On Thursday the gloves came off, and in an especially combative speech she attacked elected figures who seek to influence the character of the Supreme Court through laws that influence the make-up of its panels and declarations against serving judges.
She accused ministers and MKs of running an incitement campaign against the Supreme Court. "For a few years now there has been a campaign that is gaining momentum from year to year with the aim of weakening the justice system, the Supreme Court at its head."
Supreme Court President Dorit Beinish (Photo: Arnon Paz)
Beinish added that this a delegitimization campaign "led by a number of politicians, Knesset members and even government ministers, who take advantage of their immunity and give the public misleading information that has deteriorated to incitement against the court, its judges and against its rulings."
Speaking at the annual conference of the Israeli Association of Public Law at the Dead Sea, Beinish said that she had warned against the trend to harm the Supreme Court and diminish its authority and by that "to undermine its ability to protect the democratic values of the State." She added that "the writing was on the wall. The warnings were heard, but no one got up."
Over the past few weeks the Knesset has passed a number of controversial proposals which aim to limit the Supreme Court.
One of the bills would give the Knesset's Constitution Committee the right to vet Supreme Court candidates. Another proposal, dubbed the "Grunis bill," would allow the appointment of a Supreme Court chief justice with only two years remaining until retirement.
Beinish also mentioned the role of Prime Minister Benjamin Netanyahu in blocking the bills that would change the face of the Supreme Court: "There is a great deal of importance to the fact that the prime minister declares the importance of the independence of the judges.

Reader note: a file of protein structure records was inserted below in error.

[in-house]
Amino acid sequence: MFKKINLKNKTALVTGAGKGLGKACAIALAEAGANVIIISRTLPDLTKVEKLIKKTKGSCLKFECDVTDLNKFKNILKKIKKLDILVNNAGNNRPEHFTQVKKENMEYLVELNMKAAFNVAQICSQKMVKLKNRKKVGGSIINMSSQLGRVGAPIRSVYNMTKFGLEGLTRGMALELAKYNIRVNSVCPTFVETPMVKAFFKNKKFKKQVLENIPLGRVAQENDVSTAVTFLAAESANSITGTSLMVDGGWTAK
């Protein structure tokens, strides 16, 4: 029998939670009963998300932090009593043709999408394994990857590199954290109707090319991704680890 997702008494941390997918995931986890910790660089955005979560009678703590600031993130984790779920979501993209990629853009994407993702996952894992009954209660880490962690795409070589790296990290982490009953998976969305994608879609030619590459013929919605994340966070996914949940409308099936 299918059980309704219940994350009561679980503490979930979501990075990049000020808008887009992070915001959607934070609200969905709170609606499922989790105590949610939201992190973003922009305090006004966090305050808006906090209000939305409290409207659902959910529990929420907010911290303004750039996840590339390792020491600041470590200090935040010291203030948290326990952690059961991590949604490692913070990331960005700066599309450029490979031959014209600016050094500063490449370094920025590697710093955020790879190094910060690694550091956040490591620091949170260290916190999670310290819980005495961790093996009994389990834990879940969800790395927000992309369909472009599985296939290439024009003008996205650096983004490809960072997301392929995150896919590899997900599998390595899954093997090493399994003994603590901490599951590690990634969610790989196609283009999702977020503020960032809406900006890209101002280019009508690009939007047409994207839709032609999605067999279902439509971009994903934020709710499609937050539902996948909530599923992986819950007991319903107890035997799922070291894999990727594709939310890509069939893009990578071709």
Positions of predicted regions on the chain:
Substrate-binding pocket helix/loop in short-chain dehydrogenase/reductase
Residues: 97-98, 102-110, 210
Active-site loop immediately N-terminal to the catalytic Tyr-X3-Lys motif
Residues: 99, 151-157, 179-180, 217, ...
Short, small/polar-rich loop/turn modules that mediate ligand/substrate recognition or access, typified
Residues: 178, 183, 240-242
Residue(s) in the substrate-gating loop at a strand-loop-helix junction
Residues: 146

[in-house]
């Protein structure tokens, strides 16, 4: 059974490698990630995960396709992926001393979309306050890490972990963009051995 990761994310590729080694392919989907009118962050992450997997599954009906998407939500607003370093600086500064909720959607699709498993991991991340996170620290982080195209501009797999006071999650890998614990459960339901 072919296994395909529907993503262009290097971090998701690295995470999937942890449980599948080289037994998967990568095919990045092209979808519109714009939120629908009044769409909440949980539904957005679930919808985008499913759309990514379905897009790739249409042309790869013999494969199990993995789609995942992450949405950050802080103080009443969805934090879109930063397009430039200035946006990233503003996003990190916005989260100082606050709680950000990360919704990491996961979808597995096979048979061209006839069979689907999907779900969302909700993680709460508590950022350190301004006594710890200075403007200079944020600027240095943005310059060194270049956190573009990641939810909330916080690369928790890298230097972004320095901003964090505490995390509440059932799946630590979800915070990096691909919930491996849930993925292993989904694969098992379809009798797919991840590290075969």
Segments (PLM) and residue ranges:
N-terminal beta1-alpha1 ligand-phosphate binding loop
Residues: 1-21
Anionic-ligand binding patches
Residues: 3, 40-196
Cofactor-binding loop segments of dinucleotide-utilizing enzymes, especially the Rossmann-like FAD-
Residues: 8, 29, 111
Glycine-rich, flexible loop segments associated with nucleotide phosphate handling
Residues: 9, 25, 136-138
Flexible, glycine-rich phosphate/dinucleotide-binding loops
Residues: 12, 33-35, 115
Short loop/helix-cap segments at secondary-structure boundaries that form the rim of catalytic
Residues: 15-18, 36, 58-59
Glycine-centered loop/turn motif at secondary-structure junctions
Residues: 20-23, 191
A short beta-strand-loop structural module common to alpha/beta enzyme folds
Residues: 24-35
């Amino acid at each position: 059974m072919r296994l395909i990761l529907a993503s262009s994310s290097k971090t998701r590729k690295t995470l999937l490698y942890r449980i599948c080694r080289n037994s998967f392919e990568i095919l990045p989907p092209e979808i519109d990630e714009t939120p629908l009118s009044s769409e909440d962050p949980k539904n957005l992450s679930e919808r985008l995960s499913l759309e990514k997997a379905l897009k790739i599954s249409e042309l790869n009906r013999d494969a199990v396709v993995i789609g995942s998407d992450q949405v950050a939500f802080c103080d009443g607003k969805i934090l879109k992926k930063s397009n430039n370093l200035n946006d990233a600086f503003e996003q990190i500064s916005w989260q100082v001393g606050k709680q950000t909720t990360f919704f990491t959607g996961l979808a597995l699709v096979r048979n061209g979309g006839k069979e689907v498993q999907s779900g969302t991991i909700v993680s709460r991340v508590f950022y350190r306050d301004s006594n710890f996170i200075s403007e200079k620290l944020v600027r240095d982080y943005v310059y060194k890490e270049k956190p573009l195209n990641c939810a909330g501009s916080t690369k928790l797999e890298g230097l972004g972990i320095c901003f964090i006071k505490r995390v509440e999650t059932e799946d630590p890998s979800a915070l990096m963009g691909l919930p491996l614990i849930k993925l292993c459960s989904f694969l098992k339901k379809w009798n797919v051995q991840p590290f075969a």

Beinisch and Justice Minister Yaakov Ne'eman (Photo: Arnon Paz)
"As far as I know, he was also opposed to some of the proposals and blocked the 'hearing bill'. I assume that the prime minister will continue to stand guard to the best of his ability. Still, as long as an ill wind is blowing, it is not enough to block one bill or another as this is an ongoing trend and not a sporadic struggle."
Beinish emphasized: "Since the dark days of World War II, the world has known to learn the basic lesson. Democracy is indeed first and foremost the rule of majority, but democracy is also maintaining the essence of democracy, the basic values of respect, human rights and in Israel, simultaneously with all these, the values of a Jewish State.
"These are not empty words. These are the values at the heart of the defense of our existence and they are getting worn out in a campaign meant to see them extinct," she said.
Meanwhile, in response to Beinish's statement, Knesset Member MK Zeev Elkin (Likud) said that the Supreme Court president's declarations show a lack of the basic understanding of democracy. "The president's statements are a clear example of wild incitement against the Knesset," said Elkin.
He added: "I respect the Supreme Court and see the institution's major significance and the importance of its judicial independence; nevertheless, I will not be broken by a campaign of threats and intimidation."
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